One of the most interesting roles in Nippon Professional Baseball (NPB) is the role of the kantoku, or manager. Despite the almost authoritarian role of the manager and his outsized influence on the club’s culture – a product of the importance of seniority and hierarchy in Japanese society – teams usually hire internally, choosing former players who had served the club well on the diamond rather than outsiders who may be able to provide a unique perspective in the dugout. While it may be seen as an act of loyalty to their former star, executives have admitted that attendance numbers play a significant role in having a former superstar as manager. This isn’t to say, however, that the gamble doesn’t often work; plenty of former MVPs have managed their teams to great success, including Sadaharu Oh, Shigeo Nagashima, and Katsuya Nomura.
There remains a critical question to be asked: would there ever be a kantoku who could be considered as good a manager as he was a player? The answer is a no-brainer: Tetsuharu Kawakami, who recorded over 2,300 hits and was referred to as the “God of Hitting,” and managed the Yomiuri Giants to 11 Japan Series wins, including the “V9” years, in which his team won nine straight titles. from 1965 to 1973.
Not many recognize, however, that Kawakami’s career was not one of pure success, but one of struggle, coincidence, and conflict; both on and off the field. A man so well-regarded in Japanese baseball history, but who had to fight both himself and his critics to push himself – and his teams – to the top. In this comprehensive article on Kawakami’s career, all of the debates – as well as their resolutions – will be revealed, once and for all.
But to first get to the dugout, we’ll have to travel to the city of Hitoyoshi, on the banks of the Kuma River.
Kawakami was born on March 23, 1920 in Hitoyoshi, Kumamoto. His early life saw many struggles. His father went bankrupt due to gambling, and when he was five, Kawakami slipped on a gravel road and severely injured his right arm. Due to the pain and slow progress he made in healing, he eventually learned to do everything from his left side… an event that would impact his success as a hitter greatly.
Upon entering Kumamoto Tech for high school, he immediately became a critical pitcher for their team and grew close with his catcher, Masaki Yoshihara– who would also eventually gain entry into the Japanese Baseball Hall of Fame. Kawakami and his teammates enjoyed plenty of success, even making it to the final round of the Koshien national high school baseball championship tournament in 1937, but lost 3-1 in the final game. Following the tough loss, Kawakami made his first impact on the legacy of Japanese baseball when he scooped up a patch of the dirt from the hallowed infield to take home with him; though it’s disputed that he was the first to ever do so, he may have very well started a new tradition that’s still being practiced today.
Despite his success, professional scouts did not pursue Kawakami, and he did not think much of a career in baseball. The scouts were, however, fixated on Kawakami’s battery mate, Yoshihara. The Yomiuri Giants – who were still in their early days – were looking for their franchise catcher, and Yoshihara appeared to be their guy. Negotiating with the young catcher, however, revealed a critical clause: Yoshihara “would not join if Kawakami wouldn’t be with him.” One of the most influential men in the history of the Giants was ironically not the “main man” in his contract, but a “throw-in” to keep their new prospect happy, this being admitted by Kawakami himself on a few occasions. Even with the contract, Kawakami did not expect to play much, apart from the occasional pitching appearance.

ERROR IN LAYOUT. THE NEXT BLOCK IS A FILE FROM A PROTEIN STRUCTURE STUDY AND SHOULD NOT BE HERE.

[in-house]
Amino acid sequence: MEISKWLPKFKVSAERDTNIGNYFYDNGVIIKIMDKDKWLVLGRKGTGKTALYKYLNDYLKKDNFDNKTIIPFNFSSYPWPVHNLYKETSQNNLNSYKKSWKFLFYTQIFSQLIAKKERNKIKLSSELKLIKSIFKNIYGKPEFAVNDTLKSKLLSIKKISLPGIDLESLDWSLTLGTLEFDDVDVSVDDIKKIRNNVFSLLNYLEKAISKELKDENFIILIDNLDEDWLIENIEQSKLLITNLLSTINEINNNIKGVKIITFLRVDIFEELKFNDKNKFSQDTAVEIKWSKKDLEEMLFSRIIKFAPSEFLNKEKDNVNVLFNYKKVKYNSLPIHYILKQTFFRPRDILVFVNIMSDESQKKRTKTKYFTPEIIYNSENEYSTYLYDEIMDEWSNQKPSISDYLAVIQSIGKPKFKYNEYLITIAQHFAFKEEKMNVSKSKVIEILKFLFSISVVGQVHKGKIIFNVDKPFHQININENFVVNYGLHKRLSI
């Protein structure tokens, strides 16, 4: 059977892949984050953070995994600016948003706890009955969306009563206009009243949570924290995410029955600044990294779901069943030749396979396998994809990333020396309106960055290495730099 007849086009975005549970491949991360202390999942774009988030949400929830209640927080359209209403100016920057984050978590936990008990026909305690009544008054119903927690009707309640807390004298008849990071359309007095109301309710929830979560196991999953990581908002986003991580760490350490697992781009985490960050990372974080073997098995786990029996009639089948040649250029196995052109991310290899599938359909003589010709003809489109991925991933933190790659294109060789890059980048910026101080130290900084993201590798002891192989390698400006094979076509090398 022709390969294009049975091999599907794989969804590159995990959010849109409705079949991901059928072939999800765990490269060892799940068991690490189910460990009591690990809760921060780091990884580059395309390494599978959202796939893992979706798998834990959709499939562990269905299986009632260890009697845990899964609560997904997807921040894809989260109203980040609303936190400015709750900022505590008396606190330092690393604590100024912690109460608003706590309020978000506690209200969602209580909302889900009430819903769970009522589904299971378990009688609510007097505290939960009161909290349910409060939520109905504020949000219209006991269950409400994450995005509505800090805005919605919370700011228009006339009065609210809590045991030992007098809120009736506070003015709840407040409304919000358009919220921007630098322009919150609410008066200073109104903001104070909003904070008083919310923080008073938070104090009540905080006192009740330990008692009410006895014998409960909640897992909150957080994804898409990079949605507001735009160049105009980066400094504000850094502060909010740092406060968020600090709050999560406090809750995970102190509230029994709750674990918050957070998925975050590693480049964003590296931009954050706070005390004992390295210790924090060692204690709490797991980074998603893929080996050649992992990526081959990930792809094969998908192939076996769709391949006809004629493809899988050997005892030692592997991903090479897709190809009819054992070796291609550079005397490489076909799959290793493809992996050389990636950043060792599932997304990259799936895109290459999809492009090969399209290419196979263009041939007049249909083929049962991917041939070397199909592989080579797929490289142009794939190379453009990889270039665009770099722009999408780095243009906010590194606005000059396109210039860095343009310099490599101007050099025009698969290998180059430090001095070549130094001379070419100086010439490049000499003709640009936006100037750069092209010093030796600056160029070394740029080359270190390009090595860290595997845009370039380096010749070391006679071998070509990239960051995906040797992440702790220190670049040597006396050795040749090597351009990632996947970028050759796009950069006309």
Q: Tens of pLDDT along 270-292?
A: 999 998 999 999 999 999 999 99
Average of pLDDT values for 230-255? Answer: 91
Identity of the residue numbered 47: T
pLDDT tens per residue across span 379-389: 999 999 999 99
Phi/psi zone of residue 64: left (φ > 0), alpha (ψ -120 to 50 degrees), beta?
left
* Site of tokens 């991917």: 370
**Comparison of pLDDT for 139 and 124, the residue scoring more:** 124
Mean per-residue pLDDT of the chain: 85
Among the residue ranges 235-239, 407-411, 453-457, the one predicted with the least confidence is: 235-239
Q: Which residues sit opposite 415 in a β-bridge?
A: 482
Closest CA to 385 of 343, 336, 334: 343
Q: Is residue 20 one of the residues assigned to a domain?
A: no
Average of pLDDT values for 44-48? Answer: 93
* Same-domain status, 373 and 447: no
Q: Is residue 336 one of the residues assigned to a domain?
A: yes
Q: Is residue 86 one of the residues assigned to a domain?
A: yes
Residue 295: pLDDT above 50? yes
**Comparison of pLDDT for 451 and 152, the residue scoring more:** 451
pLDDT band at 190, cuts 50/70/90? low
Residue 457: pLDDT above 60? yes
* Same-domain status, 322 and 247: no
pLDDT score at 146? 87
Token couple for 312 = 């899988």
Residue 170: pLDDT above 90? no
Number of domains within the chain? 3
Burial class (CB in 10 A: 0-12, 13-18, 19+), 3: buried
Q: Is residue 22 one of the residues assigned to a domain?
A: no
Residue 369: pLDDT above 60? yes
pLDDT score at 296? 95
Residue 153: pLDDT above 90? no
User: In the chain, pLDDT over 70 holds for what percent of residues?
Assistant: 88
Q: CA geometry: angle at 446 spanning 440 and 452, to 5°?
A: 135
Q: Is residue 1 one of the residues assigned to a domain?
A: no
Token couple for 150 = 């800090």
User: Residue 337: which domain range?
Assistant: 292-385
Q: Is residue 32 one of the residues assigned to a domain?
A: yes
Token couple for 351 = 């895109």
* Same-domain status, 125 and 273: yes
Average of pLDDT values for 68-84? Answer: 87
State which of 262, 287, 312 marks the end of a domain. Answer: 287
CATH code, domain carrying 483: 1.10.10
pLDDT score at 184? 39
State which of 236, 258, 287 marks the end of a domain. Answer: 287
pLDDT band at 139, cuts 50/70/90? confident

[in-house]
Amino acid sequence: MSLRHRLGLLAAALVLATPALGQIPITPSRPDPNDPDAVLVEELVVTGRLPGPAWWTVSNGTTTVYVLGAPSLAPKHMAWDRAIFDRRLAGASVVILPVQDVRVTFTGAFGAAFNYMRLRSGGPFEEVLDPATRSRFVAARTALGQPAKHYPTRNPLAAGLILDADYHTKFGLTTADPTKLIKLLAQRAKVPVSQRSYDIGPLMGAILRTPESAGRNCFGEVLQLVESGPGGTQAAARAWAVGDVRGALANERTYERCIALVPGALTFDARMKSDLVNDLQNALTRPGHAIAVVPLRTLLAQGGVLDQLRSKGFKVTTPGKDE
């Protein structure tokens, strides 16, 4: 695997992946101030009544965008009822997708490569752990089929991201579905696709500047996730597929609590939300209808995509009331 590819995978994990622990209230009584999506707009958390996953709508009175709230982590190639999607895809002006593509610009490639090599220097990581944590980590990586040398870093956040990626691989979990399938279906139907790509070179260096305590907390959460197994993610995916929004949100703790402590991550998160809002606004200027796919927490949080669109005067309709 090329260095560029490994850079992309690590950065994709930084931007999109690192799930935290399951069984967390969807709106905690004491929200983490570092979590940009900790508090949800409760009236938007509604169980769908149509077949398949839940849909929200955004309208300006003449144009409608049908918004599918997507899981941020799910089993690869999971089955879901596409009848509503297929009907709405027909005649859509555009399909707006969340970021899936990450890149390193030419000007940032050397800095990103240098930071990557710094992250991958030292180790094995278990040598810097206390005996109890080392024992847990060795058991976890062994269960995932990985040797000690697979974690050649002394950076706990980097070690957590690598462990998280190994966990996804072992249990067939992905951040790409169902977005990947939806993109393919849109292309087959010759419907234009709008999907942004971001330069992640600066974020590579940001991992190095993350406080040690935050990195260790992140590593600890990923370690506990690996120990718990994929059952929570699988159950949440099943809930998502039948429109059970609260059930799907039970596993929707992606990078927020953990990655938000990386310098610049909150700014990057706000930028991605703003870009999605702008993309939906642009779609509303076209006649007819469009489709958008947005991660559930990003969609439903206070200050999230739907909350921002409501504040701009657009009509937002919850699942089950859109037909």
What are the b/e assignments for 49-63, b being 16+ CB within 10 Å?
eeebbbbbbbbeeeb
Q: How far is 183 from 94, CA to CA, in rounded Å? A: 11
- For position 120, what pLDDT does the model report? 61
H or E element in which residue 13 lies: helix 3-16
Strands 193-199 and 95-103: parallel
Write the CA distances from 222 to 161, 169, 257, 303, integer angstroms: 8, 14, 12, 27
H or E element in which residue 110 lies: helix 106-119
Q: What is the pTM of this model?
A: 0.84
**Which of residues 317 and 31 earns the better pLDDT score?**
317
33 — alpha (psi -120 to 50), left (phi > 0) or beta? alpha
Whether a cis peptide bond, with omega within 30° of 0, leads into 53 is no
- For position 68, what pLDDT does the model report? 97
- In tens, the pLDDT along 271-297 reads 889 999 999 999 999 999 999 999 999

Kawakami the Player
Fate, however, once again came through for Kawakami, as he was thrown a first baseman’s glove when the regular went down with an injury in 1938. It didn’t take long for Kawakami to shine in his new role, as he followed his rookie campaign with some of the best hitting the young Japanese Professional Baseball League (JPBL) had ever seen, leading the league in batting average in 1939 (.338) and 1941 (.310), and in home runs (9) in 1940.
Yet like many famous players of the era, Kawakami’s career paused when World War II broke out. He was drafted – along with Yoshihara – into the army and served from 1942 to 1945. Tragedy struck in 1944 when Yoshihara was killed in Burma. The two battery mates were separated for the final time.
Kawakami, who served until the end of the war, returned home to find Japan suffering a severe food shortage, and decided that a return to baseball was not the right choice. He returned to Kumamoto and harvested crops for his family.
The Giants, meanwhile, were looking to revive baseball’s success following the war and came knocking at the Kawakamis’ door before the 1946 season. Still concerned over the future and hoping to feed his family, Kawakami made an ultimatum: he would play for no less than 30,000 Japanese Yen; roughly $7500, in modern dollars. The Giants obliged, and Kawakami returned to Tokyo, where he became the nascent league’s first post-war superstar.
While other players remained shaken from the war effort, Kawakami seemed to pick up exactly where he left off. Sporting a red bat – which became a revered symbol of his career (and was often compared to the blue bat of his rival Hiroshi Ohshita of the Tokyu Flyers) – Kawakami aimed to “bring color” back to the war-devastated Japan, raise the morale after years of military conflict, and help Japan fall back in love with baseball once more.
Countless grueling hours of Zen-like practice allowed Kawakami to dominate the league for the next 13 seasons. Honing his craft into the darkest hours of the night, Kawakami claimed that the extra hours of practice allowed him to see “baseballs stop in the air” when facing opposing batters, an unbelievable sensation that only fed into the fans’ nickname for the slugger: the “God of Hitting.”
Kawakami won batting titles in 1953 (.347) and 1953 (.338), but his best year came in 1951 when he recorded a .377 batting average and struck out just six times over 424 plate appearances (his batting average stood as a league record until Randy Bass beat it in 1985). He would become the first player to reach 2,000 hits – finishing with 2,351 in his career – and only retired once his average dipped below .300 average for the first time in his final two seasons.